The short-attention span Bruins returned in a 6-3 loss to the Tampa Bay Lightning on Thursday night at TD Garden, and proceeded to blow three one-goal leads in the second period before totally collapsing in the final 20 minutes of the game. Three unanswered third goals later, the Bruins were understandably downtrodden and accountable for a performance that kicked up so many bad memories from the last couple of seasons.
“We all have to look at ourselves in the mirror and we can’t point fingers. Everyone has to step up and if every guy is going to do their job, including myself, then the rest will follow, you know?” said David Krejci. “But we hadn’t done that [against Tampa Bay] at all. The last two games against Toronto and Ottawa, I thought we worked hard. But for whatever reason [against Tampa] – maybe we thought it was going to come easy – we just shot ourselves in the foot.
“Like I said, each player has to be better, including myself, and if we don’t look at ourselves in the mirror that’s what’s going to happen. We’ll be losing and we need to win games. We have a team, we all believe, we know we can play well. We know we can win hockey games. We have a great game plan, but [against Tampa] I guess we just thought it was going to come easy.”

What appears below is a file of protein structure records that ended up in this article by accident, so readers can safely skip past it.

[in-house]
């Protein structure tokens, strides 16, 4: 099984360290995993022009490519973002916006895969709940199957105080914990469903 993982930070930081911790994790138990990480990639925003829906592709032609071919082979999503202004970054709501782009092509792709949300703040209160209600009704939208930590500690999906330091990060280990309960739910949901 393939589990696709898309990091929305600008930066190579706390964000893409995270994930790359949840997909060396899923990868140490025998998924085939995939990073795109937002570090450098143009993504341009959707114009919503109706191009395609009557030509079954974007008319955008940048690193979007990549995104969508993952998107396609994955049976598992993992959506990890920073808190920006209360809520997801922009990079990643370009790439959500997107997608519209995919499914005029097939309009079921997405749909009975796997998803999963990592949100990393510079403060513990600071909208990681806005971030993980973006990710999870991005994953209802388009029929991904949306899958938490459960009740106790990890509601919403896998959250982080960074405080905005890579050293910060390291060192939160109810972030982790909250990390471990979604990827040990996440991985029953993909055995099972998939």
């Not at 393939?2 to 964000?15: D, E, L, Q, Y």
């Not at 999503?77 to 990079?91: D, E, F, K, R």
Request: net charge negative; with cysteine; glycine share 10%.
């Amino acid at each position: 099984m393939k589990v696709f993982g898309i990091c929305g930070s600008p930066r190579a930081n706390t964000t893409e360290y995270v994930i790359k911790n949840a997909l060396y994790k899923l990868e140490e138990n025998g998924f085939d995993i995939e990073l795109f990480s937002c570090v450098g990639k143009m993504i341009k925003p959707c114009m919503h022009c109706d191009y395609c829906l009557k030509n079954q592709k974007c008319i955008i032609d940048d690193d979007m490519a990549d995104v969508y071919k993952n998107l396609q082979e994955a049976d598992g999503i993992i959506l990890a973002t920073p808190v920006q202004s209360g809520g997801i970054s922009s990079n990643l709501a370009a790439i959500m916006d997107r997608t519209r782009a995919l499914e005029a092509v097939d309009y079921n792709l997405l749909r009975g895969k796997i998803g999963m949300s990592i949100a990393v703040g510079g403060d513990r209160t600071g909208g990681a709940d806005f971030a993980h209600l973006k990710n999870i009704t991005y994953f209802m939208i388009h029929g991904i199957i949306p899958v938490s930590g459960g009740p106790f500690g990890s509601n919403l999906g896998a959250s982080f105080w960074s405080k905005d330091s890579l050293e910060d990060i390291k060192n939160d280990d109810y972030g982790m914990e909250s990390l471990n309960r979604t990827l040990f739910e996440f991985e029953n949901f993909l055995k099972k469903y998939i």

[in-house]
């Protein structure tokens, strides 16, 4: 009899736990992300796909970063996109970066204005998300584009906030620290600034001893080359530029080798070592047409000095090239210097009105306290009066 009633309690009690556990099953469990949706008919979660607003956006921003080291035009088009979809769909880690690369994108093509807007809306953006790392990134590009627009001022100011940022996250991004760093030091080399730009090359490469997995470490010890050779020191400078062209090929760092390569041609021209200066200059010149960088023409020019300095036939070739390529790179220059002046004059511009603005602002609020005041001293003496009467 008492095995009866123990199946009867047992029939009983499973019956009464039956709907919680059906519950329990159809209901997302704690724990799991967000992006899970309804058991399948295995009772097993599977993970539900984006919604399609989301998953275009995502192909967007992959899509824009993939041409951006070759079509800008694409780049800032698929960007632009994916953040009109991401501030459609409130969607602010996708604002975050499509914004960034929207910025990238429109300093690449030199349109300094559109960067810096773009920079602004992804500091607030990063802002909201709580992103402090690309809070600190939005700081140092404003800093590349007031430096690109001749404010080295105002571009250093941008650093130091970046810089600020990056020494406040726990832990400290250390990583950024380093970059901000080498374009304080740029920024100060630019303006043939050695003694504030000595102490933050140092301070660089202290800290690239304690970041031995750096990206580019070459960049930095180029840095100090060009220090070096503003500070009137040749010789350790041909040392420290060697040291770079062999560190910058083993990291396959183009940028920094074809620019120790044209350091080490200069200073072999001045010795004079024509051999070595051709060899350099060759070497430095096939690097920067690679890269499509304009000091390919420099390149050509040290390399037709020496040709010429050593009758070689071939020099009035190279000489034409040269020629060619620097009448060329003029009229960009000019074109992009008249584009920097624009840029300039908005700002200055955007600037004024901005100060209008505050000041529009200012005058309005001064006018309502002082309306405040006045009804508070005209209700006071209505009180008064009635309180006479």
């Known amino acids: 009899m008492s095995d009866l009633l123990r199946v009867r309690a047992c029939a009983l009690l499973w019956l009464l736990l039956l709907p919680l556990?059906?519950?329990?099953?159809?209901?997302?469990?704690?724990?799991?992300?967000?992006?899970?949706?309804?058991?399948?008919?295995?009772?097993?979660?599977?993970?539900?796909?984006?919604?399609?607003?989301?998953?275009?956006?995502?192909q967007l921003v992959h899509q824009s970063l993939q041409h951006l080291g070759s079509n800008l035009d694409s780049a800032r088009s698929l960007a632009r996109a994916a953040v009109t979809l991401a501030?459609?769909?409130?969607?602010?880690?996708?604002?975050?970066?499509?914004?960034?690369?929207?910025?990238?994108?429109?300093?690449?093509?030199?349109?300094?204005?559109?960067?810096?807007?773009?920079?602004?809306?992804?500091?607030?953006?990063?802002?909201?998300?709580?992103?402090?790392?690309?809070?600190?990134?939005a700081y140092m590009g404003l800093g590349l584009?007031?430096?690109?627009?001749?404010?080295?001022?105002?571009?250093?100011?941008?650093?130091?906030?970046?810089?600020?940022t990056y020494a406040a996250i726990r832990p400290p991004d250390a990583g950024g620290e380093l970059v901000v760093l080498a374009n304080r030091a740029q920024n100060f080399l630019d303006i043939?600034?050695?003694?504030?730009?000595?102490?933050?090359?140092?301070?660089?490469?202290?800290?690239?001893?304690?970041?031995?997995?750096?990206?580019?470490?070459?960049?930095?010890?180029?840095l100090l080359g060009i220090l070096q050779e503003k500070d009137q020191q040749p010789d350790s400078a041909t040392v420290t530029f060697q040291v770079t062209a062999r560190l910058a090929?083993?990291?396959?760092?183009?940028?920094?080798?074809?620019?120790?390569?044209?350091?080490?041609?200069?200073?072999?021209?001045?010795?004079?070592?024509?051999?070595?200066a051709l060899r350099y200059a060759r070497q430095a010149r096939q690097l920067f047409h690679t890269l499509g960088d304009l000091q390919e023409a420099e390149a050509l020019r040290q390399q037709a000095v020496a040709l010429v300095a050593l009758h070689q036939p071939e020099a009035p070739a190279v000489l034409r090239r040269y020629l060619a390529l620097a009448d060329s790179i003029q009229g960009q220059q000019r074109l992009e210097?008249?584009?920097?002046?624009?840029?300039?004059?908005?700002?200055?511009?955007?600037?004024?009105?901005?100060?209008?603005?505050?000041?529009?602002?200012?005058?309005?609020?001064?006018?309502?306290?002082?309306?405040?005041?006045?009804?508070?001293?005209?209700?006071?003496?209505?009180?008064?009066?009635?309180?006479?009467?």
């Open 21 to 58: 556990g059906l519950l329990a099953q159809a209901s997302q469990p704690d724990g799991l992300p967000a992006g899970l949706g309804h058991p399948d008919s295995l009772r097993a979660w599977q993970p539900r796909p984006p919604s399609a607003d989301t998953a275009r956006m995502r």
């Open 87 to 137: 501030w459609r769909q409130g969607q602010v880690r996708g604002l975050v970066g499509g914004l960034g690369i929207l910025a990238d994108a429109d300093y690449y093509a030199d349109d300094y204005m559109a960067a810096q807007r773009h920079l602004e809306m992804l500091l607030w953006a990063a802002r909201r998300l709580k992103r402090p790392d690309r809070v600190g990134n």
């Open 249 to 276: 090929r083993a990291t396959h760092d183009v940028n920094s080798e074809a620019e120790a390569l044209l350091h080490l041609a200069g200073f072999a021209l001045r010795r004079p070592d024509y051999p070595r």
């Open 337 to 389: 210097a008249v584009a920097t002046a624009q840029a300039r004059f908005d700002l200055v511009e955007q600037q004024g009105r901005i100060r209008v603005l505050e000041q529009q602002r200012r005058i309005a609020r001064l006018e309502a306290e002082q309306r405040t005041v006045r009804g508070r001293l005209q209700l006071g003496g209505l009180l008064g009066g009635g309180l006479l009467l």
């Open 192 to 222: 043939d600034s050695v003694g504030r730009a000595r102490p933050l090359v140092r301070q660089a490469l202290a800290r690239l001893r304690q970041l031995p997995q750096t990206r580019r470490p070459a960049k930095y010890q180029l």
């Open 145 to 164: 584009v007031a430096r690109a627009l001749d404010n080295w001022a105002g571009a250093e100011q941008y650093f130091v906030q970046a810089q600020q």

Even worse there were clear signs of panic in Boston’s game as things unfolded in an unsightly manner on the Garden ice.
Clearly it wasn’t about talent on Thursday night, and instead it was about focus, concentration and paying attention to the fine details that can come back to haunt you late in the season. The Bruins scored three goals in the second period with David Pastrnak, Zdeno Chara and Riley Nash each lighting the lamp, but it took 44 seconds, 24 seconds and 1 minute, 35 seconds respectively in the second period for the Bolts to things up.
That’s the kind of instant buckling and crumbling under pressure we’ve seen in the past from the Bruins late in seasons, and we’re seeing it again despite a different coach and some new, hard-nosed players like David Backes. That lack of composure combined with a pinch of panic is a potentially disastrous mix for the Black and Gold, just as it has been for the last three years.
“Those follow up shifts need to be our best shifts of the game. They’re when you can either bury a team, or when you get scored on to have a great response, and to show that you’re not going away [if you’re the team trailing]. I don’t think they were our best shifts. They were probably some of our least [effective] in the form of execution, least form of desperation and fortitude to just impose what we’re going to do on the other team.
[Tampa] certainly made good on their chances, there’s no question about that. But I think we led into them way too much and the result is the result that we don’t get points again. We’re four [losses] in a row here, but this needs to stop Saturday [against the Islanders] or the bleeding starts to get profuse after that. The guys are in this room. We know it. We’ve seen it. We need to look in the mirror.”
It goes beyond a thoroughly gross second period, however.
The Bruins last line of defense, No. 1 goaltender Tuukka Rask, crumbled in the second and third period as things were falling apart around him. Anton Stralman beat him high to the short-side, glove side for the game-tying goal on a transition play, and Jonathan Drouin snapped one past him from the face-off circle that dipped under his glove hand for the game-winner.